The waterfowl world lost a selfless, passionate leader revered for bringing people and ideas together to enrich the lives of ducks and duck hunters in Louisiana and throughout North America.
Brandon Broussard of Abbeville, Louisiana, who served as chairman of both Delta Waterfowl’s Vermilion Chapter and the Louisiana State Committee, died on June 11. He was 47.
If an issue had anything to do with waterfowl or waterfowl hunting in Louisiana, Broussard was involved and usually leading the charge, said Bryan Leach, director of events for Delta Waterfowl.
“He owned a lawncare service and cut grass for a living, but all Brandon cared about was waterfowl, Louisiana, his family, and University of Louisiana-Lafayette baseball—with his family at the top of the list, but ducks right under that,” Leach said.
Broussard led the Vermilion Chapter since 2006. During his tenure as chairman, Vermilion reached exceptional fundraising success and consistently placed as a top chapter in The Duck Hunters Organization. Vermilion topped $1 million in total net fundraising in 2020, becoming Delta’s fourth chapter to eclipse the milestone. What makes the feat even more impressive is that Abbeville is a city of just 11,000 people.
Leach attributes much of the chapter’s success to Broussard.
“He understood the importance of duck production on the prairies and how the breeding grounds work,” Leach said. “He was also super passionate about ducks in Louisiana. He always wanted to raise the most money to support Delta, but also wanted to help Louisiana and the refuges there. He was such a huge asset locally. Volunteers just grew around him and wanted to be involved. People gravitated toward his leadership.”
For his dedication and service, Broussard was chosen as Delta’s 2022-2023 U.S. Volunteer of the Year, an annual award recognizing the best of Delta’s more than 5,000 dedicated chapter volunteers. Broussard was selected for the top honor in May, before anyone knew the extent of his medical issues. He had also been a regional nominee for VOY in 2012, and international finalist in 2017.
As the Louisiana State Committee chairman, Broussard pushed to improve waterfowl habitat and access for hunters. Louisiana chapters and the state committee created an impoundment area to increase hunter opportunity at the John Franks Wildlife Management Area, repaired a boat ramp and parking area at Dewey Mills WMA, and funded mottled duck nesting structures at Pointe-aux-Chenes WMA.
In addition to successful local projects, Broussard amplified waterfowl issues by working with elected officials and Louisiana wildlife commissioners. Since 2020, he’d been spearheading an effort to revitalize the White Lake Wetlands Conservation Area, a 71,905-acre state property that has been neglected and battered by hurricanes. In concert with Delta’s policy team, Broussard convinced Louisiana Gov. John Bel Edwards to include $38 million in funding in the state’s budget to repair and maintain levees, pumps, and infrastructure at White Lake.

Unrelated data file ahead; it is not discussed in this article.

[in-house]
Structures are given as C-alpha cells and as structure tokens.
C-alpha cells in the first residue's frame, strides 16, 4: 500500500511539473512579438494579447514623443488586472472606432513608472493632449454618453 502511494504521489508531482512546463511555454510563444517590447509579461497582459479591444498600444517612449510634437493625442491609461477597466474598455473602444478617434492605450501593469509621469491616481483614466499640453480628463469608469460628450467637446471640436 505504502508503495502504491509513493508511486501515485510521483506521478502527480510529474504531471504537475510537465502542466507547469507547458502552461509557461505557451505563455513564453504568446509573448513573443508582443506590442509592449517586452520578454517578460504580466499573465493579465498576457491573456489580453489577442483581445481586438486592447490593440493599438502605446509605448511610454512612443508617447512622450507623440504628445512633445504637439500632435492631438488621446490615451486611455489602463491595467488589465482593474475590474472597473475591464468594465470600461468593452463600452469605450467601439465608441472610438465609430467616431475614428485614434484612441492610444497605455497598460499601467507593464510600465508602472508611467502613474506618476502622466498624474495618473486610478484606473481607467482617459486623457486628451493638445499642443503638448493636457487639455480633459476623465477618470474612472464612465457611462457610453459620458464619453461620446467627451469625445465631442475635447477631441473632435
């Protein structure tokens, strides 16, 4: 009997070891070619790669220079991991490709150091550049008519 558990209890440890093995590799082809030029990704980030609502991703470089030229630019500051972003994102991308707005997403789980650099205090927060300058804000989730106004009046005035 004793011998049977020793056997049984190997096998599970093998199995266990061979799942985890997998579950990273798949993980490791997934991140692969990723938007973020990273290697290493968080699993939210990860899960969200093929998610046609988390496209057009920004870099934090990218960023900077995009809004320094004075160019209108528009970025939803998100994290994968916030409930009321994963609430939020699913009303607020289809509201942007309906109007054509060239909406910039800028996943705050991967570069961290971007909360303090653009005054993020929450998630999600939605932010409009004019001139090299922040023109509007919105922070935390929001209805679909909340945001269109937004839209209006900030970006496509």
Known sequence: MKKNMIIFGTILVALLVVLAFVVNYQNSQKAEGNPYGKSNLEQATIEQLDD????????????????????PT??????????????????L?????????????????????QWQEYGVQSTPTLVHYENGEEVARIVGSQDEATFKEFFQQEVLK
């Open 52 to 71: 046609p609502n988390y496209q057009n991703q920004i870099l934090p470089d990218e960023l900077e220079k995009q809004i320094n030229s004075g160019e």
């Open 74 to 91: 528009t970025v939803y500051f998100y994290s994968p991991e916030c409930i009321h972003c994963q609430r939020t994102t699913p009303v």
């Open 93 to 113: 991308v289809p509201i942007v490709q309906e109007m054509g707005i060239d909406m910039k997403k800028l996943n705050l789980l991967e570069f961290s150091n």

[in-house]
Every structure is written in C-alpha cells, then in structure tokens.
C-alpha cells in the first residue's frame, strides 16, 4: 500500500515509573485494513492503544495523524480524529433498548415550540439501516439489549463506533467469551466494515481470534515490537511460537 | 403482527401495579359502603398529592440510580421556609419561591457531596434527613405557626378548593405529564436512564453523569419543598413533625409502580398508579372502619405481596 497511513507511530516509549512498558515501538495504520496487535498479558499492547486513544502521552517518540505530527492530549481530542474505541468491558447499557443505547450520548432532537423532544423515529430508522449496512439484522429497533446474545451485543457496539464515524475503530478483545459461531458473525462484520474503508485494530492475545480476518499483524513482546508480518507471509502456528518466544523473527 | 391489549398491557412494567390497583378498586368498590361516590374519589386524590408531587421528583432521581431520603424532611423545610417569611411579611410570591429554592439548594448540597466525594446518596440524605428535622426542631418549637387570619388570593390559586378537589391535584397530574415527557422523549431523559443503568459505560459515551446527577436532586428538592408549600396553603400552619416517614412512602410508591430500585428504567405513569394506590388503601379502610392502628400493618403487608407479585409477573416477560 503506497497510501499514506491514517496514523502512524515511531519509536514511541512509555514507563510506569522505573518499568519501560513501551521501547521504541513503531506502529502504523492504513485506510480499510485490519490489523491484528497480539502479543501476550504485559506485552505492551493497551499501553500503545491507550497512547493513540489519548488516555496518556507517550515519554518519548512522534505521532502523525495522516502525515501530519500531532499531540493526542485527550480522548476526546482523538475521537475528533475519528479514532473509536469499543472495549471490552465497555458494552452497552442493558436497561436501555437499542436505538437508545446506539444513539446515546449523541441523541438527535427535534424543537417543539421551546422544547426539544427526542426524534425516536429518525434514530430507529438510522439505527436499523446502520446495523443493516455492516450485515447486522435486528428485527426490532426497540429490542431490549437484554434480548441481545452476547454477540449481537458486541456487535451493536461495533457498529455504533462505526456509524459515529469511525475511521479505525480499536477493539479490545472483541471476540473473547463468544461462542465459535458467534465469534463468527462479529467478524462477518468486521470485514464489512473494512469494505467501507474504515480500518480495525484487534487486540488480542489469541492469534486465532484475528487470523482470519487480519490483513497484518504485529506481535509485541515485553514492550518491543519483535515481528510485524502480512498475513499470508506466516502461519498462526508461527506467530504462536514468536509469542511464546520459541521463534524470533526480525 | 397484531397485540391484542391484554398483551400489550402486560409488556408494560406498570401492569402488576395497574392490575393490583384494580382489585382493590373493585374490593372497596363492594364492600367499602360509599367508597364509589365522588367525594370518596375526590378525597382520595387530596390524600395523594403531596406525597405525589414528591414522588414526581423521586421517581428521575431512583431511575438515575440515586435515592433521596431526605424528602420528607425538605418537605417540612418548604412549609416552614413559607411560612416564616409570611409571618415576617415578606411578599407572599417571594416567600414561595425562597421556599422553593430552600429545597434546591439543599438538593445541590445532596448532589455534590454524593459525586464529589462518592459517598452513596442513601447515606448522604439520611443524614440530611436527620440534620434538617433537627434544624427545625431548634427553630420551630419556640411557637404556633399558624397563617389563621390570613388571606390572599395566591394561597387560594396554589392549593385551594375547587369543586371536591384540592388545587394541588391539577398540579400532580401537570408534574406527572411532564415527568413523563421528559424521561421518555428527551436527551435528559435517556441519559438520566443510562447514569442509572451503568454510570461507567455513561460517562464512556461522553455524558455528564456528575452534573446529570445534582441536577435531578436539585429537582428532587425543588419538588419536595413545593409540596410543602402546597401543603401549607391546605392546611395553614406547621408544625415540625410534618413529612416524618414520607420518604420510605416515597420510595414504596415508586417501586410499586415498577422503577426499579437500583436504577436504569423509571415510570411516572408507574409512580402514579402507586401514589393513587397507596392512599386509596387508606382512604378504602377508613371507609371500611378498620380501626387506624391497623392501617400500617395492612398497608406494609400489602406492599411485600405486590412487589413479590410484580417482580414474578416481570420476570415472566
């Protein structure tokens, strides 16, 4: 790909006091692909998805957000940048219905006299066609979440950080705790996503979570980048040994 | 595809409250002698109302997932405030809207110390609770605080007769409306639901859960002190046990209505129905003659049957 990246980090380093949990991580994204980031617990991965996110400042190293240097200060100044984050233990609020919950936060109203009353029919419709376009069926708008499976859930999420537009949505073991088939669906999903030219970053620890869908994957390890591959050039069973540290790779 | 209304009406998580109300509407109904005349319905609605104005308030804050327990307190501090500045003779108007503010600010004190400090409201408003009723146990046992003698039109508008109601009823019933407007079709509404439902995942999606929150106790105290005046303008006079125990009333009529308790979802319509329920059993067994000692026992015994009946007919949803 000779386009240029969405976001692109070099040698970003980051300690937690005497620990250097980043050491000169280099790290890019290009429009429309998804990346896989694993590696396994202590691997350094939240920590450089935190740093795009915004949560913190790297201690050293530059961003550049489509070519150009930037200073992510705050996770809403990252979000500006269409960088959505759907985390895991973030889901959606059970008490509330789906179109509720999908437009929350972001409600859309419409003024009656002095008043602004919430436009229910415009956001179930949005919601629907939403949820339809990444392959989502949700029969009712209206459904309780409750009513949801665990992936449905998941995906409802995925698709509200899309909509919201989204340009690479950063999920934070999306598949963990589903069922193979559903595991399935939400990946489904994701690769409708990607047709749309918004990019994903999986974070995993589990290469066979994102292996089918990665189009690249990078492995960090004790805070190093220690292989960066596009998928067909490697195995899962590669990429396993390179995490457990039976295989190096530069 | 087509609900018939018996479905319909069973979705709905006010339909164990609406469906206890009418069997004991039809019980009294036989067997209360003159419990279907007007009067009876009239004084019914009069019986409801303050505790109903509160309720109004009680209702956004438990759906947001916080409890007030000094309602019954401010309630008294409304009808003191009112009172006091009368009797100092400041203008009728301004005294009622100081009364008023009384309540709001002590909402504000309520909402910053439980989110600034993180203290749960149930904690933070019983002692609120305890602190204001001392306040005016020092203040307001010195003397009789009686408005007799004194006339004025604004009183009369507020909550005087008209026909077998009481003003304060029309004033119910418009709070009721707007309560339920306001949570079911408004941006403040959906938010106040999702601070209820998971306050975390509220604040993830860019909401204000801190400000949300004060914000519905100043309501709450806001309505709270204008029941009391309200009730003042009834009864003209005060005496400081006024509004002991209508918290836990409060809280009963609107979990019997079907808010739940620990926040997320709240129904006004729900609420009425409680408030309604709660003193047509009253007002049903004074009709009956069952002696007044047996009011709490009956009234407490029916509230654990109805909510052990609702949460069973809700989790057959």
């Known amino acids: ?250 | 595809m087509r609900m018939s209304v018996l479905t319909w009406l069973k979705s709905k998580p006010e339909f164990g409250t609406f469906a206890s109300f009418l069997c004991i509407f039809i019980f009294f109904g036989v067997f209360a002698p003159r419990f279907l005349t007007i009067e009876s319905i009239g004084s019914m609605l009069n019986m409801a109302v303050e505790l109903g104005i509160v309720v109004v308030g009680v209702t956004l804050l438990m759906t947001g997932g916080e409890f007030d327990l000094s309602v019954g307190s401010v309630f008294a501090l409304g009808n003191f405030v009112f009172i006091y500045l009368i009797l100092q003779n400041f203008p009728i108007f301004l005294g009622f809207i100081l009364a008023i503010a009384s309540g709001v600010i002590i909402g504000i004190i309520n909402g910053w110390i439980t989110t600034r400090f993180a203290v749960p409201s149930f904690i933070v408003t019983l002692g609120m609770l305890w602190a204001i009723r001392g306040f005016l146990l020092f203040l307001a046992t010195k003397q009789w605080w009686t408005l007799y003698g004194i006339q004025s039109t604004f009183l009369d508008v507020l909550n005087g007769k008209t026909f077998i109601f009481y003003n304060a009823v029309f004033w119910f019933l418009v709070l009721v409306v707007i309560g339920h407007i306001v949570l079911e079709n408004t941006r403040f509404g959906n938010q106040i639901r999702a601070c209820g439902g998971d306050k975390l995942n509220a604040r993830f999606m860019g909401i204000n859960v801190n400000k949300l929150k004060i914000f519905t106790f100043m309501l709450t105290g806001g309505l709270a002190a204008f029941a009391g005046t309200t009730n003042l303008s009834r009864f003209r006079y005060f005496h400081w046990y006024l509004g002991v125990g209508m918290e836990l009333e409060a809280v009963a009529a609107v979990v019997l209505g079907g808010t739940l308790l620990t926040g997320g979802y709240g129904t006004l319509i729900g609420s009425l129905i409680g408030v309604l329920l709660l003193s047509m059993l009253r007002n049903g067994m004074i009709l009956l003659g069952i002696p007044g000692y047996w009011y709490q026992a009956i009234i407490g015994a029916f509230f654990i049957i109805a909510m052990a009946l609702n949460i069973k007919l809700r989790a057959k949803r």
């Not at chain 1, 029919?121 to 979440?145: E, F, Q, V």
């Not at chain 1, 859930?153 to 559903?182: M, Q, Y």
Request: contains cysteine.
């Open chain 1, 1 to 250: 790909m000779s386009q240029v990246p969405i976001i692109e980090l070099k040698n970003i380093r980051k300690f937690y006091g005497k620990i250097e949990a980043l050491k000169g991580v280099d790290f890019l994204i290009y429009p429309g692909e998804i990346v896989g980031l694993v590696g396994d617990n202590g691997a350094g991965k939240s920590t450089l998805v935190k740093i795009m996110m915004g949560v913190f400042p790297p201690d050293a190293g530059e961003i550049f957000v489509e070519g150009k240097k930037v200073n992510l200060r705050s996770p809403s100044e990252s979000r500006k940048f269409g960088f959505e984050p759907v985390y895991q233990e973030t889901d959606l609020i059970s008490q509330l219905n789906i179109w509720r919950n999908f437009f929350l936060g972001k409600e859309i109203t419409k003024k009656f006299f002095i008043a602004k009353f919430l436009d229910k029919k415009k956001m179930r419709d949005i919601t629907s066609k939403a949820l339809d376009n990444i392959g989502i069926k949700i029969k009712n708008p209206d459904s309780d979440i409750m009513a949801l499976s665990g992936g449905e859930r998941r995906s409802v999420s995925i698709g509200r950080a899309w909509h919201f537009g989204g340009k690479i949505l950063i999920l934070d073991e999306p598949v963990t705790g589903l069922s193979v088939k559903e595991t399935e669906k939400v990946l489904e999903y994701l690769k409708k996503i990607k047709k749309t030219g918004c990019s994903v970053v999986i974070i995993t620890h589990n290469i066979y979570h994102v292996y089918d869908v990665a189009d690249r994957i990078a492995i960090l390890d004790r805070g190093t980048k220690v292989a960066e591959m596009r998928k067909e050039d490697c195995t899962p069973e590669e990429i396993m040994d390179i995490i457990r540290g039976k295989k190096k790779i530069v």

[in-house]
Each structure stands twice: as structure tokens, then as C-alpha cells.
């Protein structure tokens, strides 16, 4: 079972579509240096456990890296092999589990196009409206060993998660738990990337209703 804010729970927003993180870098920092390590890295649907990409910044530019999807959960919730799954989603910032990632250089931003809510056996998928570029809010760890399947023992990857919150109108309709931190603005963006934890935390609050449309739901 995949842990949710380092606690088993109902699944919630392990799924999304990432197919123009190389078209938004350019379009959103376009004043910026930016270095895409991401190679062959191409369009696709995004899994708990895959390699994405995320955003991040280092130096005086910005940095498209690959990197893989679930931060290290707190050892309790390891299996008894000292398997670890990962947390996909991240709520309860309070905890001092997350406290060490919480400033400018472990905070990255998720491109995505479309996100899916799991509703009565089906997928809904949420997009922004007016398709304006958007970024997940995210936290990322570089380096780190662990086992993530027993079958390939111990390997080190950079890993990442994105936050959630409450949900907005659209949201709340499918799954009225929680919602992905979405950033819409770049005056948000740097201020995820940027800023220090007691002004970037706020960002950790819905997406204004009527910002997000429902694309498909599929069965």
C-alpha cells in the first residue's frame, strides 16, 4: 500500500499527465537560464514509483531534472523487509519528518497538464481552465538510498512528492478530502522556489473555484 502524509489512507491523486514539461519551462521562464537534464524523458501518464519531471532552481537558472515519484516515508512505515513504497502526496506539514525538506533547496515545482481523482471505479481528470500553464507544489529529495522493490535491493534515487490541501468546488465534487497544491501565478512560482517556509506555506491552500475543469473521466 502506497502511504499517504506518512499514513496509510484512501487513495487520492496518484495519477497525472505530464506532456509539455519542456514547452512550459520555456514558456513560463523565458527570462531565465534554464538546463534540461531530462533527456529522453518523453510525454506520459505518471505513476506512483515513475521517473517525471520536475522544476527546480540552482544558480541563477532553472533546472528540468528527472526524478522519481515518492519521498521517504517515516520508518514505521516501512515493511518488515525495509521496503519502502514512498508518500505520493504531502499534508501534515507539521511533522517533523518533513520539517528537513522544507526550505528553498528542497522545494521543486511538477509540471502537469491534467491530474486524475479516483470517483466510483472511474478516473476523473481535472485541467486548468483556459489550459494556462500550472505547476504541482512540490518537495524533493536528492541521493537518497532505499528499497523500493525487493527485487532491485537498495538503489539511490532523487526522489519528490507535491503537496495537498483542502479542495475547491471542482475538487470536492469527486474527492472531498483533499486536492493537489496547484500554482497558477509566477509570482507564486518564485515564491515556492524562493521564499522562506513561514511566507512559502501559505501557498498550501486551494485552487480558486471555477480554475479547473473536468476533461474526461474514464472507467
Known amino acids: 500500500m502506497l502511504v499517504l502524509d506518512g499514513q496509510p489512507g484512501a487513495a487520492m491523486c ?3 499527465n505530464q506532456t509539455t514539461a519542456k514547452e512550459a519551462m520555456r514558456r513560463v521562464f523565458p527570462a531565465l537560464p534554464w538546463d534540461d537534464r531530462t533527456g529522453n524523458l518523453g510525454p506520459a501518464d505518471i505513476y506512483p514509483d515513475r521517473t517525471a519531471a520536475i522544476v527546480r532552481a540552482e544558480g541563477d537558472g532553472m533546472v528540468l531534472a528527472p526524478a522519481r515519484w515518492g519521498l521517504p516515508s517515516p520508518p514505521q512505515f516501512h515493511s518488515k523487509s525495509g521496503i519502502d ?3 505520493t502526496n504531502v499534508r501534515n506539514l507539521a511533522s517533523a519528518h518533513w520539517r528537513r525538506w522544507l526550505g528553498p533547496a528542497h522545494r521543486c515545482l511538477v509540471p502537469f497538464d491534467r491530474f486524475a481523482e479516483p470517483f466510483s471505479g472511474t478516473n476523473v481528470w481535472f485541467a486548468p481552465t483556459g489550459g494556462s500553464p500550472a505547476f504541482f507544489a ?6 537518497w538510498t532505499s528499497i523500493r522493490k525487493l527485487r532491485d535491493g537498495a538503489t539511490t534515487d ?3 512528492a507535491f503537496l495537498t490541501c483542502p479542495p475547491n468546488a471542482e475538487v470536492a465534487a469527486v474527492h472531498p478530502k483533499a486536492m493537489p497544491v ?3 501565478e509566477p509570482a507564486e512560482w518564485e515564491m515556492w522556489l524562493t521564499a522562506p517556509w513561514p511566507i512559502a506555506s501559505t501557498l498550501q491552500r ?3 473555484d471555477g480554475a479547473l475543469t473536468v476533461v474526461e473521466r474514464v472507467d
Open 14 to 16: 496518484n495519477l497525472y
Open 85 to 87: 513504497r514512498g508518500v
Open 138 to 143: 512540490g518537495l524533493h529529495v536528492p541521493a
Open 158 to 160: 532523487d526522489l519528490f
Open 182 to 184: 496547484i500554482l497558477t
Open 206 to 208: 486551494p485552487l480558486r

Unfortunately, the funding did not make it into the final budget, so Broussard’s goal of “fixing White Lake” has not yet been achieved.
Still, Delta recognized Broussard’s exemplary effort for conservation with the 2023 Waterfowling Legacy Award. Delta’s Cyrus Baird and Leach presented the award to Broussard’s wife, Emily, and daughter, Anna, during Champions of Delta Luncheon on July 29 in Little Rock, Arkansas.
Leach, who became close friends with Broussard during more than a decade as Delta’s regional director for Louisiana, presented an emotional tribute that started out as eight pages of notes.
“I just wanted everybody to know how much he had done,” Leach said. “A lot of people in Vermilion Parish just thought he rode around on a lawnmower. His life was about waterfowl and waterfowl hunting. Mowing grass paid the bills, but his life was Delta. When he would get excited about an initiative, you’d talk to him several times a day. He wanted to be the ultimate conservationist.”
Leach described Broussard as an “old soul” who wanted to make certain the traditions of duck hunting will always remain strong in Louisiana.
“I don’t know that we’ll ever fill his shoes,” Leach said. “Anything I ever needed for Delta, he always wanted to help. He was 100% all-in.”
A true Louisiana Cajun, Broussard loved to cook for people, which fit perfectly during conservation gatherings and hunts.
“I thought I knew how to cook a gumbo until I met him,” Leach said.
As much as Broussard loved to hunt ducks, white-fronted geese held a special spot in his waterfowl-hunting heart.
“He was really fun to hunt with,” Leach said. “He was a super specklebelly caller. He could just talk the talk and get specklebellies to do some crazy things. He loved ducks, but when you really saw him get excited, we were hunting specklebellies. That was his bread and butter.”
As a tribute to Broussard and his incredible impact for ducks and duck hunters, Leach and several Louisiana committee members have vowed to see White Lake return to its former status as premier waterfowl habitat and a prime area to hunt.
“He was so adamant about fixing White Lake,” Leach said. “We’ve now made it a life goal to do it for Brandon.” — Paul Wait